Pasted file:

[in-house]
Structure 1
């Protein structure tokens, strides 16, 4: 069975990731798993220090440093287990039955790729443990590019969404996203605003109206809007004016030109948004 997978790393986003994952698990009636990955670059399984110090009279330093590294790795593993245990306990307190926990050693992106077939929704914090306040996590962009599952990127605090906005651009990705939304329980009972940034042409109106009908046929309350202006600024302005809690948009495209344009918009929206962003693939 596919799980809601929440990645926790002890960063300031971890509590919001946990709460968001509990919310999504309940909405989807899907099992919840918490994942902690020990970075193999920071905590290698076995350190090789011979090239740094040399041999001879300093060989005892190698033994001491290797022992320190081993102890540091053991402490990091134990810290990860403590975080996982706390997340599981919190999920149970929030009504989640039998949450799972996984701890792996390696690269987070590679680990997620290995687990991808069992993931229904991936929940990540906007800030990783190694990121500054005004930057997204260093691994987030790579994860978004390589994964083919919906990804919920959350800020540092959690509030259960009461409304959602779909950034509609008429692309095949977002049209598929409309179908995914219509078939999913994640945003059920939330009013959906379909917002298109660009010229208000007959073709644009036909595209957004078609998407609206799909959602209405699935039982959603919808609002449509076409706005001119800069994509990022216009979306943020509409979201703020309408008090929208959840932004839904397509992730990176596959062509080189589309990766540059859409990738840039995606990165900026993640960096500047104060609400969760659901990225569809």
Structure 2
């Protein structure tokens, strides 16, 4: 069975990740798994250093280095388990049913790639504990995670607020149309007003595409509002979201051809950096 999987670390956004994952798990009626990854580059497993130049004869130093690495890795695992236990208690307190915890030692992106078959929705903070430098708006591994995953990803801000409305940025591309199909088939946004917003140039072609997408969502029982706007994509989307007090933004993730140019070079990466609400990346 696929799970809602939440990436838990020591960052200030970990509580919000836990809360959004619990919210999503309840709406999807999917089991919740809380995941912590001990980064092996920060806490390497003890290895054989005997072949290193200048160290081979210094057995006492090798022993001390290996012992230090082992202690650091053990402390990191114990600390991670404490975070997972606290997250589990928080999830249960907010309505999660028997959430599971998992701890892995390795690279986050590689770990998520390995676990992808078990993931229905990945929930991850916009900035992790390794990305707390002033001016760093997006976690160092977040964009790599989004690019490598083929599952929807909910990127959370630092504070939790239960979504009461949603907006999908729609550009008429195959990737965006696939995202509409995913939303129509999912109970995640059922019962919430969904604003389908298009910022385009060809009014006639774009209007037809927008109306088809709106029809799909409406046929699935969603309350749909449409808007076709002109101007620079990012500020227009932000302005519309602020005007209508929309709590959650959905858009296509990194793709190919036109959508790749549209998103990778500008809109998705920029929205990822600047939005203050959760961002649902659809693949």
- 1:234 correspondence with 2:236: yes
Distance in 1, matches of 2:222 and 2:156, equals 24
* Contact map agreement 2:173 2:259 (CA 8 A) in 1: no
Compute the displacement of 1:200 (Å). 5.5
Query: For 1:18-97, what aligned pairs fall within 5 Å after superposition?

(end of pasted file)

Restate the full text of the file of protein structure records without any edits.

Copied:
[in-house]
Structure 1
């Protein structure tokens, strides 16, 4: 069975990731798993220090440093287990039955790729443990590019969404996203605003109206809007004016030109948004 997978790393986003994952698990009636990955670059399984110090009279330093590294790795593993245990306990307190926990050693992106077939929704914090306040996590962009599952990127605090906005651009990705939304329980009972940034042409109106009908046929309350202006600024302005809690948009495209344009918009929206962003693939 596919799980809601929440990645926790002890960063300031971890509590919001946990709460968001509990919310999504309940909405989807899907099992919840918490994942902690020990970075193999920071905590290698076995350190090789011979090239740094040399041999001879300093060989005892190698033994001491290797022992320190081993102890540091053991402490990091134990810290990860403590975080996982706390997340599981919190999920149970929030009504989640039998949450799972996984701890792996390696690269987070590679680990997620290995687990991808069992993931229904991936929940990540906007800030990783190694990121500054005004930057997204260093691994987030790579994860978004390589994964083919919906990804919920959350800020540092959690509030259960009461409304959602779909950034509609008429692309095949977002049209598929409309179908995914219509078939999913994640945003059920939330009013959906379909917002298109660009010229208000007959073709644009036909595209957004078609998407609206799909959602209405699935039982959603919808609002449509076409706005001119800069994509990022216009979306943020509409979201703020309408008090929208959840932004839904397509992730990176596959062509080189589309990766540059859409990738840039995606990165900026993640960096500047104060609400969760659901990225569809």
Structure 2
């Protein structure tokens, strides 16, 4: 069975990740798994250093280095388990049913790639504990995670607020149309007003595409509002979201051809950096 999987670390956004994952798990009626990854580059497993130049004869130093690495890795695992236990208690307190915890030692992106078959929705903070430098708006591994995953990803801000409305940025591309199909088939946004917003140039072609997408969502029982706007994509989307007090933004993730140019070079990466609400990346 696929799970809602939440990436838990020591960052200030970990509580919000836990809360959004619990919210999503309840709406999807999917089991919740809380995941912590001990980064092996920060806490390497003890290895054989005997072949290193200048160290081979210094057995006492090798022993001390290996012992230090082992202690650091053990402390990191114990600390991670404490975070997972606290997250589990928080999830249960907010309505999660028997959430599971998992701890892995390795690279986050590689770990998520390995676990992808078990993931229905990945929930991850916009900035992790390794990305707390002033001016760093997006976690160092977040964009790599989004690019490598083929599952929807909910990127959370630092504070939790239960979504009461949603907006999908729609550009008429195959990737965006696939995202509409995913939303129509999912109970995640059922019962919430969904604003389908298009910022385009060809009014006639774009209007037809927008109306088809709106029809799909409406046929699935969603309350749909449409808007076709002109101007620079990012500020227009932000302005519309602020005007209508929309709590959650959905858009296509990194793709190919036109959508790749549209998103990778500008809109998705920029929205990822600047939005203050959760961002649902659809693949």
- 1:234 correspondence with 2:236: yes
Distance in 1, matches of 2:222 and 2:156, equals 24
* Contact map agreement 2:173 2:259 (CA 8 A) in 1: no
Compute the displacement of 1:200 (Å). 5.5
Query: For 1:18-97, what aligned pairs fall within 5 Å after superposition?